My iMac has slowed waaaaaay down to the point where even just running a browser feels like running a marathon or locks up my machine completely.

I'd like to do a fresh install of OSX, but I've lost track of about 90% of my software keys for things like Office, the Creative Suite etc...

Is it possible to do a fresh install of OSX Mav without losing my Applications?


  • You should find the cause of the slowness, as recommended by Rilakkuma. Another excellent trick is to see if the slowness persists in a fresh user. Create a new user account in System Prefs, log out of your account, and into the new account, see if the problem is just as bad. If not, the issue is somewhere in your home folder.
    – Fyrefly
    Jul 17, 2014 at 19:40

2 Answers 2


First of all, the direct answer - yes, you can wipe data without loosing your apps. This will not give significant if any at all improvement in mac's performance, though.

To do it, just clean your home folder, but be careful not to remove the following folders:

~/Applications ~/Desktop ~/Documents ~/Downloads ~/Movies ~/Music ~/Pictures ~/Public

Also, you can remove all contents of all folders except ~/Applications to keep applications intact.

Now let's move to actions which will actually help to improve the performance. Macs get slow for a reason. What's good about OS X is that you can always see this reason.

Open ActivityMonitor application which is within Utilities folder and sort the list by "% cpu" in descending order (two clicks onto column header). Now you see which applications consume most of CPU power. Probably the violator will be there. It is up to you whether to uninstall these apps or to keep them.

Next, open Console, which is still within Utilities and look in All Logs section. If you see some king of logs dropping constantly with high speed that's another possible violator.

Next, open Disk Utility and perform Check Disk and Check/Repair permissions. Sometimes helps.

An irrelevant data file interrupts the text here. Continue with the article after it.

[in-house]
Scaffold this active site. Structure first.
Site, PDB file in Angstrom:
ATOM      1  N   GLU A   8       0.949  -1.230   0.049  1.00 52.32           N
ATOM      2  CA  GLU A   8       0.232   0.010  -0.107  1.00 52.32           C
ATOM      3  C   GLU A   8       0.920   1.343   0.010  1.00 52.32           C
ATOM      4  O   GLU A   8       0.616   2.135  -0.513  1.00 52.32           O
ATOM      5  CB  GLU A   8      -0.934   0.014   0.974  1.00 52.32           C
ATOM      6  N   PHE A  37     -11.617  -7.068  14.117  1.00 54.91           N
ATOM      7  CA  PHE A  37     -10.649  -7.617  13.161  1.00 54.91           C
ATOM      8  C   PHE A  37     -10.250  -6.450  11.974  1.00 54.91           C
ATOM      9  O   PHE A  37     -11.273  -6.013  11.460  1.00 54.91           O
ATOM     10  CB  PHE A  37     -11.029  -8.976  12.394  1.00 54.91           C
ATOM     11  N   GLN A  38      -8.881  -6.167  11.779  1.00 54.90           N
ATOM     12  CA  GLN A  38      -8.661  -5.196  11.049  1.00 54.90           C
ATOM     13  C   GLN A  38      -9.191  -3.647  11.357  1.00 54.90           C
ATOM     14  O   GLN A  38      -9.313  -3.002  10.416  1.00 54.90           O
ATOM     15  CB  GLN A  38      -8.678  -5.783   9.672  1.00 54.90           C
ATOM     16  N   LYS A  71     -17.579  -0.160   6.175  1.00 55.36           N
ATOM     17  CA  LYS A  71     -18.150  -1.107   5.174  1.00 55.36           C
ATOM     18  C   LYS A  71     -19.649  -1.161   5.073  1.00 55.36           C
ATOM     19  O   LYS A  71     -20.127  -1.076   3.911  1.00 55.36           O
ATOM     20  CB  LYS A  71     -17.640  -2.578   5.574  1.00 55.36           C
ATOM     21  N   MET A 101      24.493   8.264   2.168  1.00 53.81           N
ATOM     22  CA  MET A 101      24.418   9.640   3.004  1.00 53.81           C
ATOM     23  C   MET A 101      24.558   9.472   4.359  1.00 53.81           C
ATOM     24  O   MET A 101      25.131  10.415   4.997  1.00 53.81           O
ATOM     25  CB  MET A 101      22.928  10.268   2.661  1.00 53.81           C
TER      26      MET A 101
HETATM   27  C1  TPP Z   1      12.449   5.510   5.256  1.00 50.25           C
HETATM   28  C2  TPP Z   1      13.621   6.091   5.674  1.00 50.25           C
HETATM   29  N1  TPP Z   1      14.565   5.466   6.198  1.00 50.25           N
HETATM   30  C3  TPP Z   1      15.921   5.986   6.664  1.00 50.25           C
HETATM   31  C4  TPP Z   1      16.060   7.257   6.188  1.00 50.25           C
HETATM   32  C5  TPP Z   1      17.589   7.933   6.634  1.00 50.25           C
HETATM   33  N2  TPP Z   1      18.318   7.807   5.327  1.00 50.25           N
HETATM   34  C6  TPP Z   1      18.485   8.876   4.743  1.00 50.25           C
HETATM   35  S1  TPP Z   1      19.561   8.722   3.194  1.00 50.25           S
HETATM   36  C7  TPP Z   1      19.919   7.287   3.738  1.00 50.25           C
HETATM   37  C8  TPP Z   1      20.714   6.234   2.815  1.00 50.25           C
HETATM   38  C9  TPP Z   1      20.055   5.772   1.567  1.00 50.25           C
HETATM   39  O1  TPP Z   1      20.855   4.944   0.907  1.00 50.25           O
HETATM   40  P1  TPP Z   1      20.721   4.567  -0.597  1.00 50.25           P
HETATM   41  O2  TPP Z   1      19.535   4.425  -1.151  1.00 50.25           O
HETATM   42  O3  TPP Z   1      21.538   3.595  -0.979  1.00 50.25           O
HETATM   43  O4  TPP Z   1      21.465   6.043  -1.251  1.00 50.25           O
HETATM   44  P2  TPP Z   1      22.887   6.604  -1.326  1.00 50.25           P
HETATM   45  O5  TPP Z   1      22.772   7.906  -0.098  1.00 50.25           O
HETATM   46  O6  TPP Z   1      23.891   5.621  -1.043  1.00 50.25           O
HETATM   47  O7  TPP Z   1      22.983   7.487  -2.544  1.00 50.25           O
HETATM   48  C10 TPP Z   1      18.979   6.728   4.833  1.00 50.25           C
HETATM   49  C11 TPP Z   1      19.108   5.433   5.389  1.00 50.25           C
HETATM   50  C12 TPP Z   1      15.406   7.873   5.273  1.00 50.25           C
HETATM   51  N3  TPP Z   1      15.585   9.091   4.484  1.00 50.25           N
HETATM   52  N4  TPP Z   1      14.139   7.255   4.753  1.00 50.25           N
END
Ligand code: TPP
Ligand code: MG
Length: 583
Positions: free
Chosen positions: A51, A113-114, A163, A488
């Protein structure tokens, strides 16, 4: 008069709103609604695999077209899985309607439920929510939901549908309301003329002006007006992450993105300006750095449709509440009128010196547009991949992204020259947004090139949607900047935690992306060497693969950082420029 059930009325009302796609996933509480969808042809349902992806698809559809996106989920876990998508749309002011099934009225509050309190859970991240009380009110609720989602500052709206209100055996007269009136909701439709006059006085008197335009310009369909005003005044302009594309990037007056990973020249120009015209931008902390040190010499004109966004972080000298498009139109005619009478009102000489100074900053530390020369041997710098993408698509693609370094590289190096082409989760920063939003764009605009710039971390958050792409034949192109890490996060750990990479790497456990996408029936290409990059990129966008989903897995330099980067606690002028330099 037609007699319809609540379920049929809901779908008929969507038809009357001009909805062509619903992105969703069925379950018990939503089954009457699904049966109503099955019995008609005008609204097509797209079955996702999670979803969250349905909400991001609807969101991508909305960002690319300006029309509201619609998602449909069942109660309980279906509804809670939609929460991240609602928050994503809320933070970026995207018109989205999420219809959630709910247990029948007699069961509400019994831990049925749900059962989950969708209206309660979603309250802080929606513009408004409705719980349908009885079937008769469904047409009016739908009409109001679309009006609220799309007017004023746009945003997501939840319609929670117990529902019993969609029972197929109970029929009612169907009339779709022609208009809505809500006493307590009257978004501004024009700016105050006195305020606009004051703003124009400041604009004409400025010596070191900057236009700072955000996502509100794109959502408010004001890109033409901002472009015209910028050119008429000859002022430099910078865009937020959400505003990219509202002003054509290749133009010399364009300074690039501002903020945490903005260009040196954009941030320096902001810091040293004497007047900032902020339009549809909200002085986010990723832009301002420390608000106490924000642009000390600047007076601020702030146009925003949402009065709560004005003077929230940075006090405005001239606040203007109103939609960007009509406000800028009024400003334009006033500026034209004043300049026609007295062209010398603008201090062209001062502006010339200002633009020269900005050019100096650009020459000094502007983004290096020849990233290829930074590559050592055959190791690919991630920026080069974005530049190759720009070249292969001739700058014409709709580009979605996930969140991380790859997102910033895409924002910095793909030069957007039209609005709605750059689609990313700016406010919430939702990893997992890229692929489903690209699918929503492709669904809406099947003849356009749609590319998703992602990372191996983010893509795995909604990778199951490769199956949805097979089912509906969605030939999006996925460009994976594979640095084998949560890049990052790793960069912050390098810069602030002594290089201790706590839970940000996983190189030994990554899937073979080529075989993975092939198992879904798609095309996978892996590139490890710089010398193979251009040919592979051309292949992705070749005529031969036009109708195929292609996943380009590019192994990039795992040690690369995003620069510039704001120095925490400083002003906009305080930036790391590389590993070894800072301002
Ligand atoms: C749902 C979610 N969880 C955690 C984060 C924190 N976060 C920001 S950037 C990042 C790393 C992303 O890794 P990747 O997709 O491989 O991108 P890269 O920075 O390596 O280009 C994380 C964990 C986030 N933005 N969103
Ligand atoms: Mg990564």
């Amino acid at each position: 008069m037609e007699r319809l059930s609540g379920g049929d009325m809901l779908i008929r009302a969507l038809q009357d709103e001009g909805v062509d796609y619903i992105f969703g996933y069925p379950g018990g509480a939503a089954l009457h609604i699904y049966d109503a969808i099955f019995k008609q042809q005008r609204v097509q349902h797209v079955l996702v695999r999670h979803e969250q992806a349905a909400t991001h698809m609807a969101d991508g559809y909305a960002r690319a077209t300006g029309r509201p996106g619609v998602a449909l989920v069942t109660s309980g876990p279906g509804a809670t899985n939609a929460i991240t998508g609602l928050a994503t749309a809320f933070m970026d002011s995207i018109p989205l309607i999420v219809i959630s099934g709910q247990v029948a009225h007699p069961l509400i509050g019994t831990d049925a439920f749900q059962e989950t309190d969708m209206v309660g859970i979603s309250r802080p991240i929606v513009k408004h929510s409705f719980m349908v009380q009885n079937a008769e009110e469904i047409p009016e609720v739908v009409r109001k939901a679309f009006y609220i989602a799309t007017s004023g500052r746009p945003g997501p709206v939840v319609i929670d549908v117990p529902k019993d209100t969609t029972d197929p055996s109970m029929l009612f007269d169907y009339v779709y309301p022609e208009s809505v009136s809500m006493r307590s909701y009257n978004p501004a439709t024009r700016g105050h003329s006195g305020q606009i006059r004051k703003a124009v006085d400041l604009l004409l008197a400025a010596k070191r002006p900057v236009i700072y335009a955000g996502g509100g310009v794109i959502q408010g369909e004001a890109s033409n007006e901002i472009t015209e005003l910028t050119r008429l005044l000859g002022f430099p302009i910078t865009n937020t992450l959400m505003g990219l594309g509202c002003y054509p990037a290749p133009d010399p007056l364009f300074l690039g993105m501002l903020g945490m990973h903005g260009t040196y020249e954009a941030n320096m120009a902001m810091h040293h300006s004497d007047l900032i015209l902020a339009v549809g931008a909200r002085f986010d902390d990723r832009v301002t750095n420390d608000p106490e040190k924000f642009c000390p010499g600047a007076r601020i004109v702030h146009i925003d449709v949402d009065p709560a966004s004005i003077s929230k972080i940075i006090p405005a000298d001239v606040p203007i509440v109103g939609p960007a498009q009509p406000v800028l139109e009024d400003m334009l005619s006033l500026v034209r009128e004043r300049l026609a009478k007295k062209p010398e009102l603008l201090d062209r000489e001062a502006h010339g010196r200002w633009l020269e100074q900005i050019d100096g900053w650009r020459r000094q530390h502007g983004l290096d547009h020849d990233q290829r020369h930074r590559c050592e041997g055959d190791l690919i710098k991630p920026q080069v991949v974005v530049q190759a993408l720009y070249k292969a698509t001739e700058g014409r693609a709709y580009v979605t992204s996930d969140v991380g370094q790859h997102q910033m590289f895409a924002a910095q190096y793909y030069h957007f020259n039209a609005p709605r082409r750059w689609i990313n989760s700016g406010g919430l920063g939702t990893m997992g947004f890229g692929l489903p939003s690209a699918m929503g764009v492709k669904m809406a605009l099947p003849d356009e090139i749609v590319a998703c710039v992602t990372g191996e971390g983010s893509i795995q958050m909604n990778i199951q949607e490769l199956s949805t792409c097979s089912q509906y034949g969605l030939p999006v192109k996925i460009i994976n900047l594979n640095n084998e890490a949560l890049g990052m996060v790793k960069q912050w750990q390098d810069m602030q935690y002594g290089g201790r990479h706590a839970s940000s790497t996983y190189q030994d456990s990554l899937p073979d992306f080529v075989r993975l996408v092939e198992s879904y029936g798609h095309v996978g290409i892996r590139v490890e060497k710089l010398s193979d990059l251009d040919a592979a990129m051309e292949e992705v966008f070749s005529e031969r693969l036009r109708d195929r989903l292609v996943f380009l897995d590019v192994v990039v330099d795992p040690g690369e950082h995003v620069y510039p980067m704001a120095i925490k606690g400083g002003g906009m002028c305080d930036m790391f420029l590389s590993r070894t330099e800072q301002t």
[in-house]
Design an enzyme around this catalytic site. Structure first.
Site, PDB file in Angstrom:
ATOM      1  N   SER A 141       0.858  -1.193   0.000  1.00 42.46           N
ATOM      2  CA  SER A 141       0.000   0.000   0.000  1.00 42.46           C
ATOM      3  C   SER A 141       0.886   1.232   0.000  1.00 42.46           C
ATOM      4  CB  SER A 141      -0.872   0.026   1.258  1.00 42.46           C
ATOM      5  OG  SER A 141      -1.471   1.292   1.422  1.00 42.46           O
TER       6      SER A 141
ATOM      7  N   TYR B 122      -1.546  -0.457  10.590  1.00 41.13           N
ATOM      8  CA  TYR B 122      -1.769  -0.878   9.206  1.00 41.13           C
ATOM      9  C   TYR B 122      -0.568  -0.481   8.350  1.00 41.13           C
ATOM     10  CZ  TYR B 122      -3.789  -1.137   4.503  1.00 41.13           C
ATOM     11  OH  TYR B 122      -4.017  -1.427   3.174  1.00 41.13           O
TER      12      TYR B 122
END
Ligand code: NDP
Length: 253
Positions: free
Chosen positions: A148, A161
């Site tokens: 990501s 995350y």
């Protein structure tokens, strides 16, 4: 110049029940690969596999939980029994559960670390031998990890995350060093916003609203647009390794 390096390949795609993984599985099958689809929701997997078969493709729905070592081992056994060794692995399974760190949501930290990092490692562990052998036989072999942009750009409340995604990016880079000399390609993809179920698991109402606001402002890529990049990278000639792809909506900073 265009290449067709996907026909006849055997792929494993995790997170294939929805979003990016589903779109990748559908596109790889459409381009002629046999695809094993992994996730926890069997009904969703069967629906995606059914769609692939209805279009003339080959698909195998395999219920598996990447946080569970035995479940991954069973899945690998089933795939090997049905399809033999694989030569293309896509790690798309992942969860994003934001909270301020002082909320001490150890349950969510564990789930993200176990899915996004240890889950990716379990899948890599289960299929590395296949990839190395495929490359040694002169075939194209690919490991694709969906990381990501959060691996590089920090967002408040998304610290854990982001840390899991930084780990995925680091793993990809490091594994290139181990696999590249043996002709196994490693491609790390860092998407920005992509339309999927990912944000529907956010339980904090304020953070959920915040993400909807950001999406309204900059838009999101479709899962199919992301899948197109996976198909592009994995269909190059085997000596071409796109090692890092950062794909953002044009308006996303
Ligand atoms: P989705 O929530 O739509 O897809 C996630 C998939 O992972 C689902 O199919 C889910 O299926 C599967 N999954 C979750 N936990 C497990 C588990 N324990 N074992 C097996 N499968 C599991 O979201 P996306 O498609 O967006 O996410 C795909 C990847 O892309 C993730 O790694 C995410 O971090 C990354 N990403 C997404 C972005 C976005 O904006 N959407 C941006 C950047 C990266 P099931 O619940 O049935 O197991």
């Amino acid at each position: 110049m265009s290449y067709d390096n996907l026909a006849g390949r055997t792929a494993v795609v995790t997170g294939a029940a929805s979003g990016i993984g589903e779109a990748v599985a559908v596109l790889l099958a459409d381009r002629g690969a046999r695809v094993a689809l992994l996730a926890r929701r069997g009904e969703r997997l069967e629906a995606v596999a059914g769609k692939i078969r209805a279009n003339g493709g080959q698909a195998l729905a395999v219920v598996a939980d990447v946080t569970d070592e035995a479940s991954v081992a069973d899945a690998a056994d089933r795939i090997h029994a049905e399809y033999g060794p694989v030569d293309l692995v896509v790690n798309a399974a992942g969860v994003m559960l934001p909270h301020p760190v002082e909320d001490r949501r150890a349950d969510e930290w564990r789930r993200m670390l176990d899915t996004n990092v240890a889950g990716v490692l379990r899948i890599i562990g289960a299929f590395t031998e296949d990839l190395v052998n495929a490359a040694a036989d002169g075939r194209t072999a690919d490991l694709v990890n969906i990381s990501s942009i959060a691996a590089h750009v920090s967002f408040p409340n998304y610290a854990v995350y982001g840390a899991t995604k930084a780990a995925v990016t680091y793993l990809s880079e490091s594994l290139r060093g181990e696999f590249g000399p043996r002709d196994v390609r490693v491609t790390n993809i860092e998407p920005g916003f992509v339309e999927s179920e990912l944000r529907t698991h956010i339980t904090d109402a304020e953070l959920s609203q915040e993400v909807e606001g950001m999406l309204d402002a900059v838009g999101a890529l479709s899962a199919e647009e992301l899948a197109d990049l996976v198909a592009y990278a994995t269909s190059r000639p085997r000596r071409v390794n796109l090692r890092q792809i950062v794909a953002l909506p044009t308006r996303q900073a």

• Photoshop seems to be a memory hog, but it's only eating up 1GB of my RAM and a chunk of my CPU. The other 3GB are also consumed by a variety of other tasks I don't recognize. This has always been a pretty snappy machine until recently, even with photoshop running. Now Chrome is also another monster. Opening it will lock up my machine for about 10 min if I have nothing else open. Jul 17, 2014 at 15:22
  • Don't worry about memory - memory should not stay empty, taking as much as possible memory to cache data is Mac OS X way, so this is perfectly fine.By the way, I've got a Mac with very similar problems recently. Problems were fixed by the following steps: 1. Removing "memory cleaner" app. 2. Repairing disk permissions.
    – Rilakkuma
    Jul 26, 2014 at 5:51

Mavericks creates a separate recovery partition on computers that can be accessed by holding Command+R while rebooting. Here's a webpage about that. If there isn't a recovery partition because you installed it this or that way, you can create one using Apple's Recovery Disk Assistant or this other method I found through Google. This partition can also be created on an external USB drive or a DVD, I think.

As for your apps, make a Time Machine backup and restore the ones you want individually. Most apps allow you to see your license key if you open the application and go under, for example Word > About Word on the menu bar (I know this worked for me with MS Word). If this doesn't work, just search for help on how to recover the license key. Any apps you installed from the app store can be downloaded again with your AppleID. Some apps will simply work if you just restore their application package and perhaps their library folders from the Time Machine backup.

I did this with a 2008 MBP running Mountain Lion that I was about to give to a friend. I was able to restore all of the apps that I wanted to restore and the computer was pretty responsive (I'm not sure if it's necessarily much more so than before; it was a while ago).

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